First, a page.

Earning Brand Respect: 6 Companies That Get It

Equipped with an array of social media tools that amplify their collective voice, today’s customers have arguably become the savviest ever, working together to get what they want out of the marketplace.

Connected and more aware, brand audiences have grown increasingly suspect of the kind of overt sales pitches found in most direct marketing campaigns—or any hawkish outreach that appeals to them as simply a “consumer,” instead of an individual of many interests, tastes, and passions—eroding the impact of the tightly controlled advertising campaigns.

“I believe we are living through an amazing revolution,” said David Jones, Global CEO of Havas and Euro RSCG during his May 12 keynote address at the Mashable Connect 2011 conference. “It is what I call the Social Revolution, which is every bit as significant as the Industrial Revolution, and I think in a hundred years time when kids are at school—if they still go to school—they will learn about the Social Revolution as we learned about the Industrial Revolution.”

As part of that revolution, Jones explained, brands are experiencing a shift from image being everything to reality being everything. “We are living in a radical world of transparency today, and in this world of transparency, you can no longer hide.”

The Grass Roots Growth of Transparency

For a good while, it was the bloggers who understood this idea best. Forming an organic network of trusted tastemakers and curators, blogs quietly helped move the needle of customer empowerment while the big ad agencies were busy planning their annual trips to Cannes. Equipped with a sharp point of view and lower cost, home-made-style video, bloggers and YouTubers pioneered a new underground celebrity classification within the various niche audiences and micro-communities they serviced online. Meanwhile, most big companies continued going through the motions with their usual big budget media buys and traditional approach to metrics.

No longer. In the last 6-12 months, the shift towards brand video entertainment online has clearly arrived as a staple of corporate marketing strategy—accompanied by the realization that companies can no longer buy their way to brand affinity. Rather, they have to earn loyalty with interesting, relevant content and a commitment to openness and transparency.

Advertising agencies, meanwhile, have not only recognized the trend, they’re leading the movement, shifting creative resources and client recommendations into the brand entertainment space. Ironically, these agencies are often employing the same type of genuine, honest content pioneered by those bloggers and YouTubers whose focus was always, first and foremost, to add value to their respective communities.

Six That Get It

There are several great examples of brands stepped into the new world of transparent marketing. These are companies that have made a conscious effort to relax their grip on the outgoing message and put faith in the idea that when you genuinely appeal to the sensibilities of your brand audience, they’ll respond in kind—and maybe tell a friend while they’re at it.

When it comes to transparency, genuine entertainment, and a willingness to loosen the reins, here are six companies that get it:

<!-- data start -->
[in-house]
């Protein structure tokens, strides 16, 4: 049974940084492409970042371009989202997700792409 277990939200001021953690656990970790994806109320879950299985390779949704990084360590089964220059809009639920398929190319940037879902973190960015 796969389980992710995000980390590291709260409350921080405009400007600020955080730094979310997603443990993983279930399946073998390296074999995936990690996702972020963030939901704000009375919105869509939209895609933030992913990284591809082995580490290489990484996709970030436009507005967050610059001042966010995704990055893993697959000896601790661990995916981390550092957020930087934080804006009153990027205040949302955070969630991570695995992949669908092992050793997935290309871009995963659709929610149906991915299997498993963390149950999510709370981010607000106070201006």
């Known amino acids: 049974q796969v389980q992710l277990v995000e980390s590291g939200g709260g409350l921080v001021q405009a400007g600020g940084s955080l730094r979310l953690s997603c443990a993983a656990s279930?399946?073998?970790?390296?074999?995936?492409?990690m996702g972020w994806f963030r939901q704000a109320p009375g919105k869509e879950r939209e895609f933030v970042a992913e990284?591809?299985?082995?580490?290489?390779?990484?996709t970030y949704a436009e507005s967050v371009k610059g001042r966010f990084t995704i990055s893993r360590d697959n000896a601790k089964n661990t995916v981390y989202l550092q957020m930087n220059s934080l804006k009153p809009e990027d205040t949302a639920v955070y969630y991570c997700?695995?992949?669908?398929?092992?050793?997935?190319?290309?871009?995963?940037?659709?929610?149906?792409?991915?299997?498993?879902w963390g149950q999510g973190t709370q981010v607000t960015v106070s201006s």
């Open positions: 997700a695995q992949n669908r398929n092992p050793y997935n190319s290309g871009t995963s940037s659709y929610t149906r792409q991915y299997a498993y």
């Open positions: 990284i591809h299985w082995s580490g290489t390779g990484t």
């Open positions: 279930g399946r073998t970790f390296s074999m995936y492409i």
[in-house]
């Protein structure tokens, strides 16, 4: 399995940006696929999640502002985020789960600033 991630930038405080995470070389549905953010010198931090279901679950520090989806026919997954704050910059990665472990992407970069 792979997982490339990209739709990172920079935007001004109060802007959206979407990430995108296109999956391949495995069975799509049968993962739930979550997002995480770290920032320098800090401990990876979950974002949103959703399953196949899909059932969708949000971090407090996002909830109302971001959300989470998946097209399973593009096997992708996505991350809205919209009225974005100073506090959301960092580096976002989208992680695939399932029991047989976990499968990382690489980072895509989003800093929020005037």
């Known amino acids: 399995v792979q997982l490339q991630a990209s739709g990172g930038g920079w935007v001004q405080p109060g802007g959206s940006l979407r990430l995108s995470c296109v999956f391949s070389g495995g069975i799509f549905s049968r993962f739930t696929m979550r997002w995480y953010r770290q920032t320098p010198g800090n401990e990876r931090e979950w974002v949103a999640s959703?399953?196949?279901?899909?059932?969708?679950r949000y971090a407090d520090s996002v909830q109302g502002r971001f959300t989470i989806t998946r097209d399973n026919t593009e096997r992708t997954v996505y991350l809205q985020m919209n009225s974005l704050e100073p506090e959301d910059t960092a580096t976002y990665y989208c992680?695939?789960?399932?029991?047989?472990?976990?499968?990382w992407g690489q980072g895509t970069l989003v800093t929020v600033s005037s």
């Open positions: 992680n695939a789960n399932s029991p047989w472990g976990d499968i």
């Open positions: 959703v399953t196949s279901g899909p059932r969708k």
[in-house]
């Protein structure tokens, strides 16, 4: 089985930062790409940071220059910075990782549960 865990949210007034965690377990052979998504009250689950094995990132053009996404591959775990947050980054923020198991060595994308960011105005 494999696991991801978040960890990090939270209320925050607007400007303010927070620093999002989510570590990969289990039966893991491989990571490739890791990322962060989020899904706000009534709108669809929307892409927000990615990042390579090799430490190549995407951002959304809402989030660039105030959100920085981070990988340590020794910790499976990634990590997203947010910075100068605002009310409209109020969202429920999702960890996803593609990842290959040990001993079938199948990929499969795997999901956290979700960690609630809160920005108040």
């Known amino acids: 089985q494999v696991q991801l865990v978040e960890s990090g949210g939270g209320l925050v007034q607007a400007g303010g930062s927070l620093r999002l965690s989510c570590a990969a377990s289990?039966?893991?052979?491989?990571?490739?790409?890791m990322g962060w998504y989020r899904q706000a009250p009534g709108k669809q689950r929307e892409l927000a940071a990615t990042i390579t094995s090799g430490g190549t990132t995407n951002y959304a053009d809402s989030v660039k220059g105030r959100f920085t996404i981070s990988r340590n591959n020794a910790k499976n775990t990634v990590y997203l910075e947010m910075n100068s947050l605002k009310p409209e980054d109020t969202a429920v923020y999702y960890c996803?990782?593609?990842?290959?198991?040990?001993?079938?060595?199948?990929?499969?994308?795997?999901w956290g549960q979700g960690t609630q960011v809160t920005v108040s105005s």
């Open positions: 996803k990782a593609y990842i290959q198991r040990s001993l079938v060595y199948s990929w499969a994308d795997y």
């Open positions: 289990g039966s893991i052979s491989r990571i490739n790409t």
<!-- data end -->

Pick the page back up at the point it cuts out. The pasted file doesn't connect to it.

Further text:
1. Denny’s Restaurants

Denny’s new web series, Always Open is a hilarious original talk show filmed in a working Denny’s restaurant, hosted by comedian David Koechner, of Anchorman and The Office fame. Each episode features and three-minute chat in a Denny’s booth between Koechner and some of the hottest comedic actors today including Jason Bateman, Will Arnett, Sarah Silverman, Amy Poehler, Will Forte and Kristin Bell. The pair engages in a freewheeling, unscripted conversation while they nosh on a Denny’s lunch or breakfast. Denny’s is producing the series in partnership with Arnett and Bateman’s digital content and production studio, DumbDumb, with episodes widely distributed on a number channels, including Dennys.com, CollegeHumor.com, and DumbDumb.com, plus the Denny’s YouTube and Facebook sites.

The show adds texture to Denny’s newest campaign, “America’s Diner is Always Open” creating new connections across the online video spectrum to the Denny’s experience of a warm and welcoming place where friends and family gather and feel comfortable opening up. The “open up” theme is certainly in play during the Silverman episode, which manages to seamlessly incorporate a conversation about a particularly uncomfortable sexually transmitted disease in between bites of a Grand Slam breakfast. It’s hard to imagine promotion of that kind getting past brand censors in a previous advertising era. Further emphasizing Denny’s commitment to transparency and openness the new Denny’s website includes a section called, appropriately, “Denny’s Opens Up,” sharing the number of Facebook fans, breakdown of male vs. female fans, and an “open forum” for sharing opinions.

2. Alamo Drafthouse

The Alamo Drafthouse in Austin, Texas, has taken the idea of transparency to the extreme, much to the delight of its movie-loving target audience. With five locations in Texas and Virginia, The dine-in theater chain/drafthouse has created an experience where movie lovers go to take in classic movies over dinner and a beer. There are a few important rules, however, which the theater takes very seriously.

One of those rules mandates that patrons do not answer calls or text during movies, as the company believes—quite passionately it turns out—that the phones are an unpleasant hindrance to the cinema experience. When a woman was recently kicked out of the theater for breaking the phone rule, the frustrated patron left an angry, expletive-laden voicemail expressing her extreme displeasure with the theater’s actions and rules.